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Alzheimer’s Society marks International Women’s Day

Thursday 19 March 2020

Dementia is the healthcare challenge of our generation. And whilst dementia doesn’t discriminate, it hits women the hardest. On International Women’s Day, Alzheimer’s Society took the opportunity to shine a light on women’s experiences of dementia and of working in dementia research.

Worldwide, women with dementia outnumber men two to one and face more severe and rapidly progressing symptoms. Women also provide a much greater proportion of unpaid care to people living with dementia. Globally, this amounts to the equivalent of 40 million full-time workers every single year.

Dementia is a women’s issue and it’s one that women can solve, Alzheimer’s Society asserts. Evidence shows that research studies with at least one female contributor are more likely to tackle women’s health issues and the differences between the genders, than studies with no female contributors. Unfortunately, women are still under-represented in research, particularly at the highest levels. Women make up only 24% of the total UK STEM (science, technology, engineering and mathematics) workforce and hold only 14% of STEM management roles. In order to create an environment where the impact of dementia upon women is reduced, stronger supports are needed which will empower female researchers to succeed.

Alzheimer’s Society is taking action to create a better world for women living with dementia, women carers and women researchers. Family-friendly policies and research funding procedures are in place to support scientists to stay in dementia research careers. Alongside this, Alzheimer’s Society’s grant review boards and external reviewers are proportionally split 50/50 male and female to avoid gender bias in funding decisions.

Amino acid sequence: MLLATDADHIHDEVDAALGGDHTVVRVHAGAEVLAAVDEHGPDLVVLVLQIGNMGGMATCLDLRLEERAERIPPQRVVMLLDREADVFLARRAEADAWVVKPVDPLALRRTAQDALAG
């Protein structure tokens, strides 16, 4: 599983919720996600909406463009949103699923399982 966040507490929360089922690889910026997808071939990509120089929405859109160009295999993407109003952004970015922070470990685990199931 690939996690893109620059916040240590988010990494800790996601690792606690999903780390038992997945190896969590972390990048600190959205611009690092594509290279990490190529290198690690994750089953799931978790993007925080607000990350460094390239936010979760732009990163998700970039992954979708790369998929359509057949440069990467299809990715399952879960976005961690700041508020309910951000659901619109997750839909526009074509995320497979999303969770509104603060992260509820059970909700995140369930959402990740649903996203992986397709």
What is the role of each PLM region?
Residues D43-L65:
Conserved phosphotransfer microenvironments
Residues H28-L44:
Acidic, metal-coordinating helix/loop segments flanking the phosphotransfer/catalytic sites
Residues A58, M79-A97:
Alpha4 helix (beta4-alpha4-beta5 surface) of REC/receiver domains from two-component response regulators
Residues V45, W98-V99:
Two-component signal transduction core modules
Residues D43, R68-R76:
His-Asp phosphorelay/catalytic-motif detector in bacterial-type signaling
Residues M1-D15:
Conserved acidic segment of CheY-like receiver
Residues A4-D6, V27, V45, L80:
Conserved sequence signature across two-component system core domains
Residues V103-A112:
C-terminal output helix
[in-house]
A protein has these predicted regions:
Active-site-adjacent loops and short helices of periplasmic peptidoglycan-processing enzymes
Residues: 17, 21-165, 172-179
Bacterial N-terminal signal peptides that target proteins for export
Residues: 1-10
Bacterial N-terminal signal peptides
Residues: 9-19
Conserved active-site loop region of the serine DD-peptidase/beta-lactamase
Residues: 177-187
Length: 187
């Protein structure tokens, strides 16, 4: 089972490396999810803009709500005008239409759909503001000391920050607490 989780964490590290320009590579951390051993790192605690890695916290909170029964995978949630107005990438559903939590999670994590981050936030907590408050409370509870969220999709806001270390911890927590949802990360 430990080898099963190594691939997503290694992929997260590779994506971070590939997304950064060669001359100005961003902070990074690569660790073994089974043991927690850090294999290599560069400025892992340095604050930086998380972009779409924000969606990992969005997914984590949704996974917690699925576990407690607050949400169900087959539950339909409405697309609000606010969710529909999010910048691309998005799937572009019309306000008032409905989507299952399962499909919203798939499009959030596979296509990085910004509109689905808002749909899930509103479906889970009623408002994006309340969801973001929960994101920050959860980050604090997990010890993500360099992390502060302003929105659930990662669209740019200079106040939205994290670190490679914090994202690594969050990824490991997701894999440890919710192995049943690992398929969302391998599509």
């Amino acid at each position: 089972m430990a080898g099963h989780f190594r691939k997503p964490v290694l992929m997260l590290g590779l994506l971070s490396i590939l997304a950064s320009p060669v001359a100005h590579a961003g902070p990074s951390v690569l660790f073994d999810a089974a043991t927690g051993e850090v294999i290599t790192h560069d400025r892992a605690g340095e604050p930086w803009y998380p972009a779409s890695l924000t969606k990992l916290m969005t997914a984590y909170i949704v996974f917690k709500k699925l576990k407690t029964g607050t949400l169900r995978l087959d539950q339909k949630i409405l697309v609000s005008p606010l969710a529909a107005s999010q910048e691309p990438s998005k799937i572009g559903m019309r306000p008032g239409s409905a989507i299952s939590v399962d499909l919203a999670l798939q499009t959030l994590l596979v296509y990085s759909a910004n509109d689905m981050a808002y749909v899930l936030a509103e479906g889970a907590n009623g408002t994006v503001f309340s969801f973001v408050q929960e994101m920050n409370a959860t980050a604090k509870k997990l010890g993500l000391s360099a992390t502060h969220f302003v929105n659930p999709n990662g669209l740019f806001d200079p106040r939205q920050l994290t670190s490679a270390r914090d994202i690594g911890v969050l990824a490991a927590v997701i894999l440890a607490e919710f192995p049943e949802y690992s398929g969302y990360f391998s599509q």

The results speak for themselves. There is a much fairer gender representation in the Society’s research, with 55% of active research projects led by women.  Women are also equally represented at senior level, with women leading over 51% of project-level grants.

Alzheimer’s Society is also spearheading work across the UK with employees and businesses to support workers with dementia care commitments. All the while, the Society continues to strive to be there for everyone affected by dementia, via the new national support service, Dementia Connect.

In the coming year, Alzheimer’s Society looks forward to doing even more to secure a fairer deal for people living with dementia and their carers, as well as addressing the gender imbalance in dementia research.